Family Drama (Hereditary, 2018)
Hereditary opens with a family preparing for a funeral. Annie’s mother has died. Much like Annie, the film feels…distant from this event. we learn that she was, in fact often struggling in their relationship. And death has not changed that.
But things start to escalate as more tragedy hits and both Annie and her family seem to be coming apart at the seams.
Heredity is a horror movie that is very slow and deliberate. Other than a few “is there a ghost” style moments (odd reflections, flashing lights) it really feels like Hereditary is the exploration of a family that is being torn apart by a family history of unacknowledged mental illness.
Of course, the story is more than that. There is something darker lurking under the surface. Ari Aster (in his feature length debut as both a writer and director) moves the film at a very (deliberate) slow pace. He rarely relies on jarring us with a gruesome visual or jump scares (but there are a few). But it works so well. Hereditary is at times painful not through gore or shocking violence…but through it’s moments of emotional despair.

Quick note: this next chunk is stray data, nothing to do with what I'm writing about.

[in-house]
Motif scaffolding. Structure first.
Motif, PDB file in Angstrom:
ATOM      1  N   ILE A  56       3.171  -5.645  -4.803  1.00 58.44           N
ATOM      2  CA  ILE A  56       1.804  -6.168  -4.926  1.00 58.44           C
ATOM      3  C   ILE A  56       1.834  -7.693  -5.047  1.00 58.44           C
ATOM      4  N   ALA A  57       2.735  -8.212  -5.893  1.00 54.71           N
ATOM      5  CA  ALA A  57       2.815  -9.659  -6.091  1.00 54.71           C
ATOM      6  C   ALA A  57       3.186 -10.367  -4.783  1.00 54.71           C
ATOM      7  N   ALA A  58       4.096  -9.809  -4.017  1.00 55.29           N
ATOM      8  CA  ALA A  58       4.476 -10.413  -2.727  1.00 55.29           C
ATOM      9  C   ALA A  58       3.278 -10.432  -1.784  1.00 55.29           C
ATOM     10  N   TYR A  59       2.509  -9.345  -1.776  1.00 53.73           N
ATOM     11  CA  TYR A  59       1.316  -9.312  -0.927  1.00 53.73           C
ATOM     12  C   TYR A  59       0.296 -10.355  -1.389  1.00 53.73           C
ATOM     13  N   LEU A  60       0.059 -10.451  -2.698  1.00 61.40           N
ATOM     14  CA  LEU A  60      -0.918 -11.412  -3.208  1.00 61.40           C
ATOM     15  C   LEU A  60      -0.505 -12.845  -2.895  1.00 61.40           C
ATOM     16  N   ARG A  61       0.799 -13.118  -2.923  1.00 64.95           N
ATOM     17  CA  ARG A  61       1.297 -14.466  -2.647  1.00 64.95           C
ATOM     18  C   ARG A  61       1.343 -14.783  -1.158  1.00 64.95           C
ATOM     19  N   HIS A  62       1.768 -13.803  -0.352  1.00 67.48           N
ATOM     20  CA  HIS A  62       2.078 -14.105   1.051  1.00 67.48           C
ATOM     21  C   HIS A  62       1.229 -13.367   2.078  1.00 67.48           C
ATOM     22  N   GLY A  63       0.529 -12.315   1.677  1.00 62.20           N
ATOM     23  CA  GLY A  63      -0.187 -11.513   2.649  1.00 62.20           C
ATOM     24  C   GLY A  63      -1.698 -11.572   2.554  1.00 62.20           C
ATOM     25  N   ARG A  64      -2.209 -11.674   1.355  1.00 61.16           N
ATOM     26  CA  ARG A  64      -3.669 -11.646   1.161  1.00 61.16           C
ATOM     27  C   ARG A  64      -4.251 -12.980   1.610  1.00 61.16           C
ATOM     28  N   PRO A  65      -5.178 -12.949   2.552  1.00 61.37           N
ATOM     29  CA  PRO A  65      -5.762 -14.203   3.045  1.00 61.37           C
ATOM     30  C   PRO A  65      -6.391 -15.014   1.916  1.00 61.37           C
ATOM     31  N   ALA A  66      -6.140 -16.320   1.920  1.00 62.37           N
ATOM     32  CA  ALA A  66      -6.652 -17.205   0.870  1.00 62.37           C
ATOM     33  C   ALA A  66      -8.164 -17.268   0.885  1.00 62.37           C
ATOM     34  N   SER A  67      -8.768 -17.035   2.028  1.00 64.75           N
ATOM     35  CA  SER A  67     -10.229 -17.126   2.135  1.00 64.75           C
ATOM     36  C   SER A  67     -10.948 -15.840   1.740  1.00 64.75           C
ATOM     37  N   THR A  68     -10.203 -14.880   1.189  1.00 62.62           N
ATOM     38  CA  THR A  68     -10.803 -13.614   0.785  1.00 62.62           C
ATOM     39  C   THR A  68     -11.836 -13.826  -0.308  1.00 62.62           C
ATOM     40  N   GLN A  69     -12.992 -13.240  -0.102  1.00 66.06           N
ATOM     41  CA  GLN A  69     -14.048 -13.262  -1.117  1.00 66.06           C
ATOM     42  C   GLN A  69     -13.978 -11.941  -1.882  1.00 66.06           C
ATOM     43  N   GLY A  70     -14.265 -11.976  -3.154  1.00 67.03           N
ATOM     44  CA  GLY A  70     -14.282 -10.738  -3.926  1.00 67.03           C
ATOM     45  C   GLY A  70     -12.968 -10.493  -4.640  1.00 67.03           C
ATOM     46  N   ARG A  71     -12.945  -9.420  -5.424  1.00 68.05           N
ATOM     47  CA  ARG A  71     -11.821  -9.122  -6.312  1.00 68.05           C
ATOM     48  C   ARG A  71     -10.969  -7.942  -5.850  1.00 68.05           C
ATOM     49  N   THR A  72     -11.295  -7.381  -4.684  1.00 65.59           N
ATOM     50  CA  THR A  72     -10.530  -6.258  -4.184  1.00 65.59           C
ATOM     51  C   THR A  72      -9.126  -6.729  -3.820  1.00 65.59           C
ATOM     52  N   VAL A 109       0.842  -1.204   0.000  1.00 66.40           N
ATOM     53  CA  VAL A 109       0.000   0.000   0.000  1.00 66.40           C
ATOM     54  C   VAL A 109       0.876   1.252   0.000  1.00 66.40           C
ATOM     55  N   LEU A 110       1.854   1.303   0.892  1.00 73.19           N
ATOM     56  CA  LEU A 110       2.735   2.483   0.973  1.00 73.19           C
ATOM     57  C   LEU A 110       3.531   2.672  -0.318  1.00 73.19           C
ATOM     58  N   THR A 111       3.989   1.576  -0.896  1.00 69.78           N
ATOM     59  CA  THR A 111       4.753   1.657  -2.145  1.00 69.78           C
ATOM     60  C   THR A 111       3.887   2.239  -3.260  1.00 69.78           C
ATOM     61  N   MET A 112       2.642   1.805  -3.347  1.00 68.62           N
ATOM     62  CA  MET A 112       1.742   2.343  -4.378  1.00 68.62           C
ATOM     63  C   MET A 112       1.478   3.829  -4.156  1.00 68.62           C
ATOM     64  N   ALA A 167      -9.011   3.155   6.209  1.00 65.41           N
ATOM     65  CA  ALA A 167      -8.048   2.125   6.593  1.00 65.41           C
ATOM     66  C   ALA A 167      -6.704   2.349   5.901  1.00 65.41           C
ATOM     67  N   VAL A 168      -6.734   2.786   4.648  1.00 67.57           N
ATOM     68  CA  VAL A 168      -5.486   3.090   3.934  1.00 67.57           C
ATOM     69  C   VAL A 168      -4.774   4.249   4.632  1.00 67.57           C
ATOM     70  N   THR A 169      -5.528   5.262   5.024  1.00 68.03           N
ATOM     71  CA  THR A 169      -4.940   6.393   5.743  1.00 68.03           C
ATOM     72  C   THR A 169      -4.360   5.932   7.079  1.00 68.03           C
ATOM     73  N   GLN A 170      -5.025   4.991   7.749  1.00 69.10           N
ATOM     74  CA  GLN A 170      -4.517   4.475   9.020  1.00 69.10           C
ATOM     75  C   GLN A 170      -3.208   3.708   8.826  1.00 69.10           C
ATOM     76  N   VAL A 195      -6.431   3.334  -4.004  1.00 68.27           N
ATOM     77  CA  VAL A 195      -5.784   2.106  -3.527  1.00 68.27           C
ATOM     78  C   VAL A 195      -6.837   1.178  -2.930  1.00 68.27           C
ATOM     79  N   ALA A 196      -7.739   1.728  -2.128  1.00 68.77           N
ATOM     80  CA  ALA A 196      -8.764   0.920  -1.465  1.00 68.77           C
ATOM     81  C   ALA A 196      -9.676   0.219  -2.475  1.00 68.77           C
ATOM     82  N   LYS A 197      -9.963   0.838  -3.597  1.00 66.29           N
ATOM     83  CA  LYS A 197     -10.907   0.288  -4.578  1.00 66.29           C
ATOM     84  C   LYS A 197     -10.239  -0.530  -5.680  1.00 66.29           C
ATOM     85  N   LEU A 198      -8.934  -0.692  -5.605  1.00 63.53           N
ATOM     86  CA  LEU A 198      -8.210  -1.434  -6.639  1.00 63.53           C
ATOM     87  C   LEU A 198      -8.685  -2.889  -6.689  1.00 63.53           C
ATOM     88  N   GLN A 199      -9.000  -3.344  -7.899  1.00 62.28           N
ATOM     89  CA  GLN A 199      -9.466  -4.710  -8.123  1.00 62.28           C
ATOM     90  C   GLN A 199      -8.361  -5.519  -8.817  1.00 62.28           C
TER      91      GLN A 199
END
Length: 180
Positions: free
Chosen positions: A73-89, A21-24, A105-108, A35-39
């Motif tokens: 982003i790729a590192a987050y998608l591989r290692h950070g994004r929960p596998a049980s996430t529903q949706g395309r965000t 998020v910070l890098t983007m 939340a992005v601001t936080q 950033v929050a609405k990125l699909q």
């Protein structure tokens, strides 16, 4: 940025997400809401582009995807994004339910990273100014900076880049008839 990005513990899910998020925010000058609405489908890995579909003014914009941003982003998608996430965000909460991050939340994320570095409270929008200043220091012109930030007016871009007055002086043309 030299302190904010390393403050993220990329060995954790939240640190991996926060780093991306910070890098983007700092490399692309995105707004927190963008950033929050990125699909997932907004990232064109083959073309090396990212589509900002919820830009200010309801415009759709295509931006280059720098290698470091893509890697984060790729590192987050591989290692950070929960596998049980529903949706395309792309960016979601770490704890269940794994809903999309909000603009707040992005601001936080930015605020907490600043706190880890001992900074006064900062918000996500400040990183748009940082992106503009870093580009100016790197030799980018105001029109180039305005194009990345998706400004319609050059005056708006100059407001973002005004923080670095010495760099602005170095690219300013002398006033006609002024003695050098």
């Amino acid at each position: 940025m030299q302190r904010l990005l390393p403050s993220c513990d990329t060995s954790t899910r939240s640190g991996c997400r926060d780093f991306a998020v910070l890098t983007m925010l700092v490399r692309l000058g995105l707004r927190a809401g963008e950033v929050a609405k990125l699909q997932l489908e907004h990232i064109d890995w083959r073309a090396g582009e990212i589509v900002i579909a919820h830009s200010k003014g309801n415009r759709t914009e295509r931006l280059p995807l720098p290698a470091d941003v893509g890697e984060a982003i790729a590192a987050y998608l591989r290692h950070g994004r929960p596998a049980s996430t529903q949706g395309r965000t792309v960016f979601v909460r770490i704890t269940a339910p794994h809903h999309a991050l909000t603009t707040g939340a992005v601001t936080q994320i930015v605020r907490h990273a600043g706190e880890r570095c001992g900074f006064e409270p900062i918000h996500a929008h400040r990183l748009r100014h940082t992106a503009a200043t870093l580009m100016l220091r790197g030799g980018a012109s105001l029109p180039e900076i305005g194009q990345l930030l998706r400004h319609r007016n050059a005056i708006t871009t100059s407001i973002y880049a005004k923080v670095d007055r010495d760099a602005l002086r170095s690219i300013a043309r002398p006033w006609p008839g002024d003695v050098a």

There is a scene at the dinner table that is both horrifying and heart wrenching. And a lot of the emotional weight of the film comes from incredibly strong performances. Gabriel Byrne’s role as a father trying to keep his family imploding is wonderfully understated. He manages to remain sympathetic, even when he seems to be unable to support his belief in his wife’s lost grip on reality. Mary Shapiro is memorable as the young daughter (who was closest to Annie’s mother) who seems to be on the autism spectrum.
Toni Collette and Alex Wolff turn in terrific performances. Collette’s Annie seems to distance herself from her family and the audience. But at at the same time, you get it. Her grief pours from the screen and washes over the audience. And Wolff’s Peter is heart breaking to watch as he and his relationship with his mother seems to disintegrate before their eyes.
The horror of Hereditary is “can you trust the people who should care for you the most”? I mentioned that the film moves at a rather slow pace. And this really benefits the film. Pay attention. Listen in. Every little hint means something and rewards in the end.